Tuesday, 3 May 2011

Loch Etive and the mutant mussels

I had been looking forward to the long weekend off work and heading for the wide open spaces of the north west but alas, it was not to be. The forecast was for wall to wall sunshine but with strong easterly winds. That put a scupper to my boating plans, except for the Friday. It looked the most promising day with winds of force three and gusts up to force six later in the afternoon. After Loch Leven, I knew the boat could handle a force three with ease and I could too ? I had no idea what a force six gust was like but I was prepared to find out ... if it came to that.

My plan was to head for Taynuilt and go boating on Loch Etive. I would head in an easterly direction to the head of the loch at Glen Etive and by the time the wind started to gust, I would either be off the water or heading with the wind behind me back to Tanyuilt. Its always a bit easier running with the wind behind the boat that having to pound into the waves head on.

I arrived at 6am at Kelly’s Pier in Taynuilt. The tide was full in, the wind was quiet and although it was still cold in the early morning air, blue sky ensured the sun would soon warm the air. The launch site beside the pier is the easiest I have put the boat in the water yet. I reversed onto the top on the hard packed shore, unhitched the trailer and pushed the boat down the gentle slope to the waters edge.

It didn’t take long to park the trailer on the beach above high water, park the car on the grassy area well clear of the pier car park and get the boat ready for my third journey by rigid boat.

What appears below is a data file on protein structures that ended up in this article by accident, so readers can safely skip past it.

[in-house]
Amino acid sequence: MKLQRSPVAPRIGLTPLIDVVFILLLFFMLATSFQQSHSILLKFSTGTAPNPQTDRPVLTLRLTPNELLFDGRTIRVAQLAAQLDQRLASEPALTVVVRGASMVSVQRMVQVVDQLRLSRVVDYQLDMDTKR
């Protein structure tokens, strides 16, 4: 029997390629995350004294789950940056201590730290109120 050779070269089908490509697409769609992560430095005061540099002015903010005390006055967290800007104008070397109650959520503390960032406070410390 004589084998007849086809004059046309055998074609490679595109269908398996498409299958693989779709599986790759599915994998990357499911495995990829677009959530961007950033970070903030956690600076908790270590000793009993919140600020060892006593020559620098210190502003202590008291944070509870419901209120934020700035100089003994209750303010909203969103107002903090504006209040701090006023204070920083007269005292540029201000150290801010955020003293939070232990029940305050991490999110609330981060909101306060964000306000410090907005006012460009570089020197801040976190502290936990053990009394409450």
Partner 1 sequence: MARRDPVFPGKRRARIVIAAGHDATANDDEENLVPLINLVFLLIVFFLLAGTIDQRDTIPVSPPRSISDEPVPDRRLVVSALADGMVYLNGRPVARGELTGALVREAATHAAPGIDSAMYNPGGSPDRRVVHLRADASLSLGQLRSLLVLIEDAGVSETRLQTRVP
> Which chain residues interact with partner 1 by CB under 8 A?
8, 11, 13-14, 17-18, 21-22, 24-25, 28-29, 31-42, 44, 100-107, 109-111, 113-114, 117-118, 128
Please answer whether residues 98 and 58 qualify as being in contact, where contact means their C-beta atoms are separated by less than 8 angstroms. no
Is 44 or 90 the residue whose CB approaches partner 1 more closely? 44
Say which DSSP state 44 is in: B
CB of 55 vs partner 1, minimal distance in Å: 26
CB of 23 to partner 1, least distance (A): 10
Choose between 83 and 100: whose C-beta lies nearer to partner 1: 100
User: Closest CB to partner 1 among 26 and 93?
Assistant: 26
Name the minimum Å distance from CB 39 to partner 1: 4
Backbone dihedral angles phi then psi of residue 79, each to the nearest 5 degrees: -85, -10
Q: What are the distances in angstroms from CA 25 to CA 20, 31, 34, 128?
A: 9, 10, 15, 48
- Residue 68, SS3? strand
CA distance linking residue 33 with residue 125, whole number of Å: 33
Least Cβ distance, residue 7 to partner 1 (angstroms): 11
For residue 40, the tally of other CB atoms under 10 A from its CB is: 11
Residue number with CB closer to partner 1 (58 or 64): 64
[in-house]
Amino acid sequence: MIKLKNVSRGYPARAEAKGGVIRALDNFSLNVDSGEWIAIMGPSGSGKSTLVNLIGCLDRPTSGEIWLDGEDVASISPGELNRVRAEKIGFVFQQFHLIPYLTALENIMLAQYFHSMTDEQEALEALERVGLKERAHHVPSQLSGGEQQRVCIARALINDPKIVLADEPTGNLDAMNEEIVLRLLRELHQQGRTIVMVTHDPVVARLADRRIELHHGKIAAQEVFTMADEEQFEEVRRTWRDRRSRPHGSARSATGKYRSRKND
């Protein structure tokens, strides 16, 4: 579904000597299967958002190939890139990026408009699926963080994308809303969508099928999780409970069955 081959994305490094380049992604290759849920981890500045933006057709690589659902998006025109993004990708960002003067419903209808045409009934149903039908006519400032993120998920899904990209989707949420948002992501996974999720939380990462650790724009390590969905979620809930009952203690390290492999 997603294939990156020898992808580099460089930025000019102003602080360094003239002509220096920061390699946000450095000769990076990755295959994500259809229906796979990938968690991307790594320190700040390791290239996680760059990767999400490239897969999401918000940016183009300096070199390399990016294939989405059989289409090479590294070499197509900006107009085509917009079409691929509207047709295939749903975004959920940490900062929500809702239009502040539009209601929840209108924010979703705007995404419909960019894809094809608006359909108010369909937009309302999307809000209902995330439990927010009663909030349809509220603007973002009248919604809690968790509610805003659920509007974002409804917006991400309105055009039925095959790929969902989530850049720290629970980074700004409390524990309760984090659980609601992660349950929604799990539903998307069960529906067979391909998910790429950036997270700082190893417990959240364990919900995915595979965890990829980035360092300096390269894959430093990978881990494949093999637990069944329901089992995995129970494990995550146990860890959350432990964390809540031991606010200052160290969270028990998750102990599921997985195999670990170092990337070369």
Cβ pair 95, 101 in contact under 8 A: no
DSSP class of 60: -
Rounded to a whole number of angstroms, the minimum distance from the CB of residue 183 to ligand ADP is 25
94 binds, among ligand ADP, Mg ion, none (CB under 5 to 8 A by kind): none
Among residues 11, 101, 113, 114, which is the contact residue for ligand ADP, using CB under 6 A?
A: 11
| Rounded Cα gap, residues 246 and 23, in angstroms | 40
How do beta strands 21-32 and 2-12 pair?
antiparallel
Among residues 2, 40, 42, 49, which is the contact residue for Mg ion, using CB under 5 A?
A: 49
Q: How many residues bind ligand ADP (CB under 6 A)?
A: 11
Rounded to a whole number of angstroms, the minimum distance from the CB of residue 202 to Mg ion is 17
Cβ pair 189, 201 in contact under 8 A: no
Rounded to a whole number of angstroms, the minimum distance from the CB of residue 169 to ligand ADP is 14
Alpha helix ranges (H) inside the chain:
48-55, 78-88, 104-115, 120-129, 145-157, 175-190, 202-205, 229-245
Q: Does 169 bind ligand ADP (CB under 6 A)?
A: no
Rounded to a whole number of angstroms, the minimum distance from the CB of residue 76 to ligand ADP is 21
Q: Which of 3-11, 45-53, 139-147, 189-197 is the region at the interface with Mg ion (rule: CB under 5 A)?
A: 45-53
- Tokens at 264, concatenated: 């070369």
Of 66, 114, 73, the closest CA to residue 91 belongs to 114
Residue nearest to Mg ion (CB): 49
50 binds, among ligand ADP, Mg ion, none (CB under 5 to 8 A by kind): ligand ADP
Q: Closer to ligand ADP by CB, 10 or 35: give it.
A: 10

The wind was blowing down through the narrows at Bonawe and the water was a little choppy but the boat took it easily, sending a little spray flying off the sides of its bow as it nodded into the waves. I didn’t take many photos as I didn’t want the spray to go on the camera lens but here is a shot looking back as I went through the narrows.

A little further on I passed the quarry site at Bonawe. Its a favourite spot for the fishermen, producing dog fish, thornback rays, conger eels etc and is around four hundred feet deep. I couldn’t anchor here if I wanted to as I only have one hundred and fifty feet of decent anchor rope. Perhaps I will try deep fishing for doggies and thornies once I learn to catch some fresh bait :-D

After the quarry I came to the start of the many mussel farms in Loch Etive. They are all closed down this year as a new species of mussel have been found growing alongside the standard blue mussel farmed in Loch Etive. This new species has a soft shell that tends to break open when harvesting the mussels and there is little meat inside the shell. Its unknown where the mussels came from but they are threatening the mussel farm industry of Loch Etive, hence the reason the farms have closed.

Needless to say, I didn't eat any mussels from Loch Etive either ...

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